• Charmian Christie
      Posted at 20:25h, 25 February Reply

      @Kathryn, glad to hear you have self-confidence in the kitchen. That’s half the battle.

      In defense of UK authors, I think part of the issue is differences in our flour, which can derail baked goods.

      When living in London years ago, I discovered the hard way there is also a difference in our spices. Here chili powder is relatively mild and cut with cumin. There, the chili is hot, more like cayenne. The first batch of chili I made there was so hot I couldn’t eat it.

  • Cheryl@5secondrule
    Posted at 13:18h, 25 February Reply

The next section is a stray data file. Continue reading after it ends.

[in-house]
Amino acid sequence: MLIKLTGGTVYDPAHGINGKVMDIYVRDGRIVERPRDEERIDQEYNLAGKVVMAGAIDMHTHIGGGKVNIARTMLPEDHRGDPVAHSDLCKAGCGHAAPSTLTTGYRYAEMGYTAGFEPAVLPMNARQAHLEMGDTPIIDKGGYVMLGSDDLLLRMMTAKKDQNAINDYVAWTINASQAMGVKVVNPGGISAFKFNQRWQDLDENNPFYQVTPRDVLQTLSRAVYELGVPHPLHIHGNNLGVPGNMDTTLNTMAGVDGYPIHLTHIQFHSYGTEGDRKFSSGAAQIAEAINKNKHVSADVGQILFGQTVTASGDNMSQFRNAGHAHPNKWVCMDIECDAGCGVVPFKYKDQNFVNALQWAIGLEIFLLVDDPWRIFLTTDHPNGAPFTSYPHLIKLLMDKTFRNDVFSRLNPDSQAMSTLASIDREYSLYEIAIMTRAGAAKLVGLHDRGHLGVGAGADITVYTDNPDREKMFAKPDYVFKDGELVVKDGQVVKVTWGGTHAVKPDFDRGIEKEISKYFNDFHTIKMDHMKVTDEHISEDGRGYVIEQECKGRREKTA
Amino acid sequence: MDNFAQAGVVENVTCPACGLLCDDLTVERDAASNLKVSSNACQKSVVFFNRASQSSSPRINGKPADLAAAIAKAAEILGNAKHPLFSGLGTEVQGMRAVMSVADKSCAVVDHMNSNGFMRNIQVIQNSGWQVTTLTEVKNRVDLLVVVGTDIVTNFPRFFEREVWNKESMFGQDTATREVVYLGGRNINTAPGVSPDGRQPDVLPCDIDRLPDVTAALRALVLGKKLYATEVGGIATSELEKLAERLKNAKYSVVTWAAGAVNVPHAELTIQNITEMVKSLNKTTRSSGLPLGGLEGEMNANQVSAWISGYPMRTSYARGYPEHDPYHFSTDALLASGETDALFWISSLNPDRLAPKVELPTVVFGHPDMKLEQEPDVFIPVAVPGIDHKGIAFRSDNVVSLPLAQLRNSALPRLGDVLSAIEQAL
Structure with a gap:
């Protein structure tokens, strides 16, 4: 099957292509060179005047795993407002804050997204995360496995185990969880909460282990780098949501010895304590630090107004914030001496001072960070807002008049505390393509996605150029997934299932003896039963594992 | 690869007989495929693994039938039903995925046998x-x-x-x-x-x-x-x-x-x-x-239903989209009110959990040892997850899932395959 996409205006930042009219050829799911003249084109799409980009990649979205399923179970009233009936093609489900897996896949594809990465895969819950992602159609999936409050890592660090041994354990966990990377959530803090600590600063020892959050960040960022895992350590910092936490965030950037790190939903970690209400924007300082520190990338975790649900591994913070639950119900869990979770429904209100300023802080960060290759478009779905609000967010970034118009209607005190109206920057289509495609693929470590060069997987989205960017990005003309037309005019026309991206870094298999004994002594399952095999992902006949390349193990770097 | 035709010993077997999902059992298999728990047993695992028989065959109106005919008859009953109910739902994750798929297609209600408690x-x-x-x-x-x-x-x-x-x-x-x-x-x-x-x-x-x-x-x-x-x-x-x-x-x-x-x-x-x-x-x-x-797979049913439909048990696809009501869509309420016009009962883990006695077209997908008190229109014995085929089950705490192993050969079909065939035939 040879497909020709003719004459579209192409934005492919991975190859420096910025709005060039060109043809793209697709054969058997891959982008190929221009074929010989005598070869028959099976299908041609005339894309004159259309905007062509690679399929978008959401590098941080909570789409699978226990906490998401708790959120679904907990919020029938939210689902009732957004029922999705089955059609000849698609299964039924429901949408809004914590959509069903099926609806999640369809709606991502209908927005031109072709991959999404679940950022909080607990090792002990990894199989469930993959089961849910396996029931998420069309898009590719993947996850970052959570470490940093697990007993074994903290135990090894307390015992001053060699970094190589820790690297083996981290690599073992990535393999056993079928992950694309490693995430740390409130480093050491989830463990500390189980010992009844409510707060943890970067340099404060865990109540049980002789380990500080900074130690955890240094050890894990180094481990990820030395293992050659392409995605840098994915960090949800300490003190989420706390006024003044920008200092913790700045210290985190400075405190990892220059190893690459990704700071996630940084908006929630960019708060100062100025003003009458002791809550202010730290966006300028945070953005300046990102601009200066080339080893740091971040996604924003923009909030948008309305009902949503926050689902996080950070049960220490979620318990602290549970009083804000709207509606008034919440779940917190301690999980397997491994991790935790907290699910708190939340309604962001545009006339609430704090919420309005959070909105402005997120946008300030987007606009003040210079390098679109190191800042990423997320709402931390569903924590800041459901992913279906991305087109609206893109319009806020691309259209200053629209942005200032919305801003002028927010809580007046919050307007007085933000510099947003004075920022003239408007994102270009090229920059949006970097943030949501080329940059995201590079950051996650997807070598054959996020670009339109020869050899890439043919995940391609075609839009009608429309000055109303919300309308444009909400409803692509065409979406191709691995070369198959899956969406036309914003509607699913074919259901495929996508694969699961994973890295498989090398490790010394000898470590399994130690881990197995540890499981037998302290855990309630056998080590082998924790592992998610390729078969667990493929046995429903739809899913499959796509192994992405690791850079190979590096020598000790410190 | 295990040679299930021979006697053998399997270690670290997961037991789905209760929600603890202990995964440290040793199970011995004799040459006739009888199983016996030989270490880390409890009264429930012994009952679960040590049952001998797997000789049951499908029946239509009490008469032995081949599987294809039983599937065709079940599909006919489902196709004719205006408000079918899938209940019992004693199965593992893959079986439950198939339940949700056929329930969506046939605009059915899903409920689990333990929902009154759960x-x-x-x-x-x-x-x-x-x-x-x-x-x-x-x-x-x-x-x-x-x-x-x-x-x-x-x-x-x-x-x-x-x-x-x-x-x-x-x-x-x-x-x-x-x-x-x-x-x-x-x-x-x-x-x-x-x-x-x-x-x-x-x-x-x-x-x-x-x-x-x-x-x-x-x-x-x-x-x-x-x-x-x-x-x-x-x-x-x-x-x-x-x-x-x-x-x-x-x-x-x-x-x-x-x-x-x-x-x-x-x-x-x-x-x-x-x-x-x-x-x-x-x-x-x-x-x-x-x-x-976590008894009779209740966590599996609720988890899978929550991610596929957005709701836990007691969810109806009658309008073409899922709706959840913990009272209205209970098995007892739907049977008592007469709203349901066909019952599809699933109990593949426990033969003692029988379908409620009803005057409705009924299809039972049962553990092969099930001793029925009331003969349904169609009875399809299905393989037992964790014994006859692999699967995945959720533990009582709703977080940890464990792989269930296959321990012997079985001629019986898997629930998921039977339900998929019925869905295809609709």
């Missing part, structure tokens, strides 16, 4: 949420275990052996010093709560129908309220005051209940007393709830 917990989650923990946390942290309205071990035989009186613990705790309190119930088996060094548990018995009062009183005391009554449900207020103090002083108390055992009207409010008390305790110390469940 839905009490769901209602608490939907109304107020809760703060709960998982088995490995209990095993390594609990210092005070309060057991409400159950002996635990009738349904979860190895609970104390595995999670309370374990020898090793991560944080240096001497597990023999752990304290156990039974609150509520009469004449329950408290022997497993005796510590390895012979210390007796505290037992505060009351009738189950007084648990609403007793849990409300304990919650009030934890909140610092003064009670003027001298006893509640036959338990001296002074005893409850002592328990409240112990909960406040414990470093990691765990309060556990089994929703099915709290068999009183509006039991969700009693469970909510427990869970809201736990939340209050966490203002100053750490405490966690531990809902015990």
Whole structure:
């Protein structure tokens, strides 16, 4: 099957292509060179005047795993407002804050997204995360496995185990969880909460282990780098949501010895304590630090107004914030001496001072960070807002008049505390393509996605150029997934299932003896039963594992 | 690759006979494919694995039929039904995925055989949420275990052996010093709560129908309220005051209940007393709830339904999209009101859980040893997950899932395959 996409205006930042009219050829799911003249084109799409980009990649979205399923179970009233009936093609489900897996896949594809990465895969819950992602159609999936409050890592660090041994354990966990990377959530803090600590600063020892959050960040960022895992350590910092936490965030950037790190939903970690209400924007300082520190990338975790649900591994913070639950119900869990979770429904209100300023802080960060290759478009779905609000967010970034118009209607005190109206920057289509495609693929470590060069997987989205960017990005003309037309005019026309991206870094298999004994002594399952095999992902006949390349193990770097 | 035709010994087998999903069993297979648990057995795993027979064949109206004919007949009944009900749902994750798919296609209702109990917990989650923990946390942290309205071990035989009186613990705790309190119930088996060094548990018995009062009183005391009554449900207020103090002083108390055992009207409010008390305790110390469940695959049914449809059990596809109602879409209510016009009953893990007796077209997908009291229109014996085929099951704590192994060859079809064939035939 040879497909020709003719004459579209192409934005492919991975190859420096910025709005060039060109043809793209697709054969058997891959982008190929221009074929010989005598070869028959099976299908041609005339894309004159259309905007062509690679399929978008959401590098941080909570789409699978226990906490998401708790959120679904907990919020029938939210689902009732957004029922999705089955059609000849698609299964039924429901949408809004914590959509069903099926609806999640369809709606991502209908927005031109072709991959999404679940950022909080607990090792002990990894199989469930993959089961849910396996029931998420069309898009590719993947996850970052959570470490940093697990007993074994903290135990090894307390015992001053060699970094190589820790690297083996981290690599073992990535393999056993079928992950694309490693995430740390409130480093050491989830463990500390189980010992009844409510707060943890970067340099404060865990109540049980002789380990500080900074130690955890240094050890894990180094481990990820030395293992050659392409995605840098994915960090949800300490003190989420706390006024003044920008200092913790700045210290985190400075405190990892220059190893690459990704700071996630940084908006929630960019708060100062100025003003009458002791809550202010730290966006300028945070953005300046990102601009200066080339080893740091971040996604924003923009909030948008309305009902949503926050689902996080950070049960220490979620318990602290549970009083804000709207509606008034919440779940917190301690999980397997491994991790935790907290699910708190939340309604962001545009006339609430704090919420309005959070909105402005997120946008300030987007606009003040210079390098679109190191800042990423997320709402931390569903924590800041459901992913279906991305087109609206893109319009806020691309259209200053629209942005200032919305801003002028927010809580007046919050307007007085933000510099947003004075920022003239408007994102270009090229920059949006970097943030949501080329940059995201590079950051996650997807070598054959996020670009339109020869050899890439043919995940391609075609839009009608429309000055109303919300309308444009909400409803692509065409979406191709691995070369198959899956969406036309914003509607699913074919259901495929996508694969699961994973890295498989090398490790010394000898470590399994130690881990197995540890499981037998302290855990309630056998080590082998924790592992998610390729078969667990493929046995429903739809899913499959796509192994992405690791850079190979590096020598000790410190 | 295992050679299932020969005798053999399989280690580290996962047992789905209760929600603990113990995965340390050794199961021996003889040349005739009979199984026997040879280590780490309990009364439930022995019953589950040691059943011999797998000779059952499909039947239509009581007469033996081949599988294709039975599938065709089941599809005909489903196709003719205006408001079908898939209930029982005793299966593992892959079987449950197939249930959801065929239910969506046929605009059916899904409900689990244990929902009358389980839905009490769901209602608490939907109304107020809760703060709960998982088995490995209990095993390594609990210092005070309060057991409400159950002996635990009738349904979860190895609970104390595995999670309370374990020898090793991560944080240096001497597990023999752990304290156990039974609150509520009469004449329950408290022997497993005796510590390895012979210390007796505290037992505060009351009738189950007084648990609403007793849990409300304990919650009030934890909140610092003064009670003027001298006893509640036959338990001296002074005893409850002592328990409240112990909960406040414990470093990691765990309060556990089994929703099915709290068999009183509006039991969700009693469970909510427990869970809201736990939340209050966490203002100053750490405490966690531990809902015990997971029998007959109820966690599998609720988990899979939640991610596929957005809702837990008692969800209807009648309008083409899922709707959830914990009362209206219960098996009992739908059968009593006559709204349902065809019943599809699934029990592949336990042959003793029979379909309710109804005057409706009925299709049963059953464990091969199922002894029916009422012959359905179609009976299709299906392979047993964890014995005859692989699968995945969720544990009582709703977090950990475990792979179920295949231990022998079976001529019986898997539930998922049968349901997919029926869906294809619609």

Well, I truly love that picture, and honestly, I don’t care that the soup was lackluster since I can’t taste it through the computer anyway.

    p.s. Tell Andrew there are more important things than faking enthusiasm for a mediocre soup, but that it’s an important marital skill to at least TRY to cultivate nonetheless.
    .-= Cheryl@5secondrule´s last blog ..Concierge =-.

    • Charmian Christie
      Posted at 20:29h, 25 February Reply

      @Cheryl@5secondrule, I’ve taught him that “It’s okay,” and “It’s fine.” are not acceptable answers when asked “How’s dinner?” Hard as it may be to hear, I’d rather have him be brutally honest than let me present a recipe that stinks.

      To give him credit, I suspect he was trying not to hurt my feelings. “Honey, I’d rather drink toilet water” wouldn’t go over big but was likely closer to his real reaction.

  • Heather(eatwelleatgreen)
    Posted at 15:02h, 25 February Reply

    It’s a beautiful photo but you are right not to post the recipe. I agree with Kathryn, I tend to blame the author if it doesn’t turn out right.